Except it's so much better, cooler, more interesting than just being somewhere remote. It's hard to know where to begin and it's all been so amazing (and I'm really tired) so this post will be in short bits.
|that's the end of the runway ahead. and, yes, it's raining.|
The flight from Golfito was beautiful. It was easy to appreciate the skill of the pilots who handled wind variance associated with mountains and ocean and the transition from sight to instrument ratings due to alternating rainstorms and sunshine, all of which was culminated by a runway that has a hard stop into the jungle at the base of a mountain. Nice.
|not the bridge of death ... the former ferry site|
|THIS is the bridge of death.|
We arrived at Castillo de Pavones in the dark. Which I am enjoying because we'll get to wake up to the cacaphony and color of the jungle all around us. Aaron and Jamie, who built and own Castillo (AND have a 10-month old little girl) are amazing hosts. Best dinner ever after a long day of travel! Fresh caught baked dorado and grilled yellow fin tuna with veggies. Clean and perfect.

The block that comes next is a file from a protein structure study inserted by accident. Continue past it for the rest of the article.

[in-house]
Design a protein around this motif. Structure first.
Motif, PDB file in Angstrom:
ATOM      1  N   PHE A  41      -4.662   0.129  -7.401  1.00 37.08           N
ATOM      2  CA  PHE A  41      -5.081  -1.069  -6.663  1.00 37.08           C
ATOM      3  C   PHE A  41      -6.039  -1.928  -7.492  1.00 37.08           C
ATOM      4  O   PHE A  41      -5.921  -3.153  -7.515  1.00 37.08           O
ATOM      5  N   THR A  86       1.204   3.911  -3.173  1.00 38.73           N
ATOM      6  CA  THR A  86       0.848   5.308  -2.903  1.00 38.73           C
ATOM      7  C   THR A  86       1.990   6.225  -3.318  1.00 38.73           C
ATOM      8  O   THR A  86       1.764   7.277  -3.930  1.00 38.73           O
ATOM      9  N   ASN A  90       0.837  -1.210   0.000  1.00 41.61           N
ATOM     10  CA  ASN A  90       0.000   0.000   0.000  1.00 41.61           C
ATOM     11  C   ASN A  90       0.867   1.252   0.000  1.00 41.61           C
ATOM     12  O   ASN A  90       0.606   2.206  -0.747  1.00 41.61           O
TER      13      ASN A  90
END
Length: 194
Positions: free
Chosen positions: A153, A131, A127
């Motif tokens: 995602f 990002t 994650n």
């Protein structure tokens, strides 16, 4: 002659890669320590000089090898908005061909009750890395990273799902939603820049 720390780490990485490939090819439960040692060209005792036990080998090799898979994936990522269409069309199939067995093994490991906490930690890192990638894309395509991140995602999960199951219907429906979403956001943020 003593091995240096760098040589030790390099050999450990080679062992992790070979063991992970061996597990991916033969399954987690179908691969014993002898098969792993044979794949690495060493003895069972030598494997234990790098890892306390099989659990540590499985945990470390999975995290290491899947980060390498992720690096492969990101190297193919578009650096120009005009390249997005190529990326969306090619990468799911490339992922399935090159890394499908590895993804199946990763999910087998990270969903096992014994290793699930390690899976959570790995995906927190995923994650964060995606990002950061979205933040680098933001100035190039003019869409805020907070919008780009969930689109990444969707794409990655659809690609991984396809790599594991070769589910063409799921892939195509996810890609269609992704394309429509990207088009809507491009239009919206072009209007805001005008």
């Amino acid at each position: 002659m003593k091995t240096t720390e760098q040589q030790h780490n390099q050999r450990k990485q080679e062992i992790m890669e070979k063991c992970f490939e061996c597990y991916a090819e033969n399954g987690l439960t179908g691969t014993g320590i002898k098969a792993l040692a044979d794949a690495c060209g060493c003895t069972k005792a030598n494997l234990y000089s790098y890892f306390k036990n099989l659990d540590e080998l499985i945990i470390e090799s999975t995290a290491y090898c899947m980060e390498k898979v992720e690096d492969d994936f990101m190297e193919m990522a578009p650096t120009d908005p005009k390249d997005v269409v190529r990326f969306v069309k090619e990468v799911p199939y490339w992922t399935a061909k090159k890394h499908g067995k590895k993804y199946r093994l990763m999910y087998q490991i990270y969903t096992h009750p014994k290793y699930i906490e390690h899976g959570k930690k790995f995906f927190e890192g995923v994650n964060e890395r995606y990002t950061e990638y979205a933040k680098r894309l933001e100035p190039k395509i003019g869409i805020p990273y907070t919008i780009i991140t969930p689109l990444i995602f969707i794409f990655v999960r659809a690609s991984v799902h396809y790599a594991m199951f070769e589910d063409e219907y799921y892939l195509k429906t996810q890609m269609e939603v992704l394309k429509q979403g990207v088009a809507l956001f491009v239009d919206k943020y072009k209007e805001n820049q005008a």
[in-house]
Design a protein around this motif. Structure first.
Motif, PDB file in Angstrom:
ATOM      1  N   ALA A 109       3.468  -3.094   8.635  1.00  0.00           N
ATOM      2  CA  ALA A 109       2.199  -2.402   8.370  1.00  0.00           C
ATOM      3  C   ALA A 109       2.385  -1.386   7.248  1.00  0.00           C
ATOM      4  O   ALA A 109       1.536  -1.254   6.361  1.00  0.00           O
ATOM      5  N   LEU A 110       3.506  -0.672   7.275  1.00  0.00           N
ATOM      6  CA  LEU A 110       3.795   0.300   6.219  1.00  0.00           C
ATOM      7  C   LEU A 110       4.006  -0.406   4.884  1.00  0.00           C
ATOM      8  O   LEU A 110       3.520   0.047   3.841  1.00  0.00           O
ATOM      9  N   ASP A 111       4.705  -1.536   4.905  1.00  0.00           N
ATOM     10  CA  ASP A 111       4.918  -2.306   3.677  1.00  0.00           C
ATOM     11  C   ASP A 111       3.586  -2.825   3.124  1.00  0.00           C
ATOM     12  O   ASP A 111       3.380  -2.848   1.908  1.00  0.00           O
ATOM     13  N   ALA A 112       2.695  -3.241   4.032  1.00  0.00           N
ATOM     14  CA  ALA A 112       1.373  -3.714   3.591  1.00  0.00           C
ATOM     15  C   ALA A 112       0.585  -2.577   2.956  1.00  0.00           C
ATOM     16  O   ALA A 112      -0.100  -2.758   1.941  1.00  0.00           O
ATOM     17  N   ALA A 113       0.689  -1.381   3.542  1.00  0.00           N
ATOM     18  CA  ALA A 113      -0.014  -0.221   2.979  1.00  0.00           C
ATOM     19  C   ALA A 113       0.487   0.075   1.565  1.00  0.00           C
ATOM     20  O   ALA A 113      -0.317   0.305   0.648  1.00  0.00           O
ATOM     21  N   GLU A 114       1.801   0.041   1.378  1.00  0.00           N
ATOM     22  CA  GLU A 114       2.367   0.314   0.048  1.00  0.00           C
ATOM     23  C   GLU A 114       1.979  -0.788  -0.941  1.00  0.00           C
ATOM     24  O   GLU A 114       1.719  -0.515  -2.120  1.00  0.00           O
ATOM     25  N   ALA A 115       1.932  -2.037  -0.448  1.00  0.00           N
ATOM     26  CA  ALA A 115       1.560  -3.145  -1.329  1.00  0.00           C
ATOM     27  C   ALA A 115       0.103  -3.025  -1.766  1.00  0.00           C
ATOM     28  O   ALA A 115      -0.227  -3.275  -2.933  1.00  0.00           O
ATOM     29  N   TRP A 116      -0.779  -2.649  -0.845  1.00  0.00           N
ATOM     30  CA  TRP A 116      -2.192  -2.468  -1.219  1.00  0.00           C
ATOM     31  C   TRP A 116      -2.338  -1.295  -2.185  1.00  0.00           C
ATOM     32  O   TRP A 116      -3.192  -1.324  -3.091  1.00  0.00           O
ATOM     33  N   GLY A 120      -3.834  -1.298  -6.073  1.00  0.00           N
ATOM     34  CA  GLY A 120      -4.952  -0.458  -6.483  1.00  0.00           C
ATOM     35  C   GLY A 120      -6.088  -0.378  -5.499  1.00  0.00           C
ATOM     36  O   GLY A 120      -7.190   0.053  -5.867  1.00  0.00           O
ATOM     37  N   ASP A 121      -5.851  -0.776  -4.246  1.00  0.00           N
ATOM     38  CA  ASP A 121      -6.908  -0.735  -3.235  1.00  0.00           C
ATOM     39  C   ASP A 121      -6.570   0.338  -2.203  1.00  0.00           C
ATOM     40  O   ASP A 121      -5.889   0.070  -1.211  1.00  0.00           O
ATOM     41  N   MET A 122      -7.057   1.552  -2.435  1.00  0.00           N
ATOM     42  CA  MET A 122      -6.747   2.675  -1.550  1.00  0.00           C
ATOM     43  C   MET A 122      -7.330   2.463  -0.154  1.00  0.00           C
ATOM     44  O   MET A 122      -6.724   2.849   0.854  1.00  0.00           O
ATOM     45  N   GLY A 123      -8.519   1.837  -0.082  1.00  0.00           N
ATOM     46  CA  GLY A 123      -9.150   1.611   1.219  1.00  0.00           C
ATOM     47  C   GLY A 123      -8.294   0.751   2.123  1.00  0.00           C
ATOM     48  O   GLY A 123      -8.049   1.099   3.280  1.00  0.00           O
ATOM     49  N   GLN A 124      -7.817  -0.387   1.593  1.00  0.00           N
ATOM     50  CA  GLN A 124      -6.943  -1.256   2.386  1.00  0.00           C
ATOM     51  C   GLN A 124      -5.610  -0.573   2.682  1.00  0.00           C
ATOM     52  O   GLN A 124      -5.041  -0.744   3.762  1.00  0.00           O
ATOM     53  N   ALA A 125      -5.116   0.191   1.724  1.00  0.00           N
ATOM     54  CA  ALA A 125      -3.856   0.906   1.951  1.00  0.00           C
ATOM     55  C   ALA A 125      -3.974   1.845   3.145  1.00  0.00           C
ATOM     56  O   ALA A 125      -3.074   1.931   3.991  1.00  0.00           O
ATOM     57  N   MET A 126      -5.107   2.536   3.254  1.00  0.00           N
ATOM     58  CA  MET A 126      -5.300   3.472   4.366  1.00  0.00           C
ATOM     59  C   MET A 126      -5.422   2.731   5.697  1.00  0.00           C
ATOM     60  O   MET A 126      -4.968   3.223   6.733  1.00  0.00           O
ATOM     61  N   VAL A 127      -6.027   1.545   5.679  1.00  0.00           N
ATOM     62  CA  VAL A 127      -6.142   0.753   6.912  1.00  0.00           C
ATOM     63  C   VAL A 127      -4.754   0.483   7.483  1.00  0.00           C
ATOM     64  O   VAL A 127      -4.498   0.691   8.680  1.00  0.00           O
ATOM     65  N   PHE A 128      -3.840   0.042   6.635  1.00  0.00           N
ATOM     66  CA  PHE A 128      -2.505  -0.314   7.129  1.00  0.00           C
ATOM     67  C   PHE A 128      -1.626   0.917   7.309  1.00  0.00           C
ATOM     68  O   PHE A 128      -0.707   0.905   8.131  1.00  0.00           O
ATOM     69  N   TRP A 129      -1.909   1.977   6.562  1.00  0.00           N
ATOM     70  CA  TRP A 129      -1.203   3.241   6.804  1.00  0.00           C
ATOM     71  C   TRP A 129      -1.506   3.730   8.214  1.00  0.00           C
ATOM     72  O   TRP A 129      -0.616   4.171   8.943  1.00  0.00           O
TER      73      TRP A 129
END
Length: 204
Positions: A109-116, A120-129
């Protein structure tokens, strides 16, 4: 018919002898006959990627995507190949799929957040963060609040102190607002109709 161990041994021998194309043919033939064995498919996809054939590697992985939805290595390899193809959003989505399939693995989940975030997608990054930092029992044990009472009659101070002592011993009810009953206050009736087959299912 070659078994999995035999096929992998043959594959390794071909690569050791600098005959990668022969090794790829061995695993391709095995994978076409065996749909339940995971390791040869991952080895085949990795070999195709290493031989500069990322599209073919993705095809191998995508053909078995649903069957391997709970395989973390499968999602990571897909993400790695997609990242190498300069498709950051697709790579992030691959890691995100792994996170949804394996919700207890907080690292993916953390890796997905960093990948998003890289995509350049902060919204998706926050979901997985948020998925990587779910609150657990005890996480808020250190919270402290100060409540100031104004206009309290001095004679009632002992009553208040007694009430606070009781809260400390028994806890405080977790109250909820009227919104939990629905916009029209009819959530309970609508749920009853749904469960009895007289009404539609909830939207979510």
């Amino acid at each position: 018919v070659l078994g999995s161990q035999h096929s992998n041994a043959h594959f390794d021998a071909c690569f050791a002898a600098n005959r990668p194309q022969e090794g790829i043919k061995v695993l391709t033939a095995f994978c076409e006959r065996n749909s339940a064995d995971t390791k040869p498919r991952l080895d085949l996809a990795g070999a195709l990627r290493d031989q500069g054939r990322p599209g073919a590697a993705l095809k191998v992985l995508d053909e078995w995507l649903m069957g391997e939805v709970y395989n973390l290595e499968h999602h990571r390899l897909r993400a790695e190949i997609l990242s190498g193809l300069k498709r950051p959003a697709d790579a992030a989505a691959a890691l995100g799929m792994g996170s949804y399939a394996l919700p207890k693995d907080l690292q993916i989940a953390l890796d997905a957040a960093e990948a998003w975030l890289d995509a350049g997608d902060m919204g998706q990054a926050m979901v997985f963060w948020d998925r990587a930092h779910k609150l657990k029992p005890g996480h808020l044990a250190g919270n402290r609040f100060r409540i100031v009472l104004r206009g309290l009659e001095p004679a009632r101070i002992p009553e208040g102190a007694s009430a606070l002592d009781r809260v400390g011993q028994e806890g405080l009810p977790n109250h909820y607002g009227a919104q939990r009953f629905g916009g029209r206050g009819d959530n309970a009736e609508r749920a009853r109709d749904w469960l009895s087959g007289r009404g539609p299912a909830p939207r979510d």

Most important, as nervous as I was to travel here, I have never felt so cared for. I thought about that description for a long time. Cared for is the only way to describe it. Not by a company or a person or a destination. But by this place and people in general. From the moment we landed in San Jose to the moment we arrived in Pavones, I felt more than safe. I've felt looked after in little ways that are hard to describe. We're not in a "civilized" place by our standards, but that contrasts in an interesting way with the hospitality. It's not a route phrase - "my pleasure ..." - but appears to be an actual pleasure by this place to have us in this place.
Must sleep now because we've been warned that the monkeys will wake us early. Sweet dreams. What an amazing world.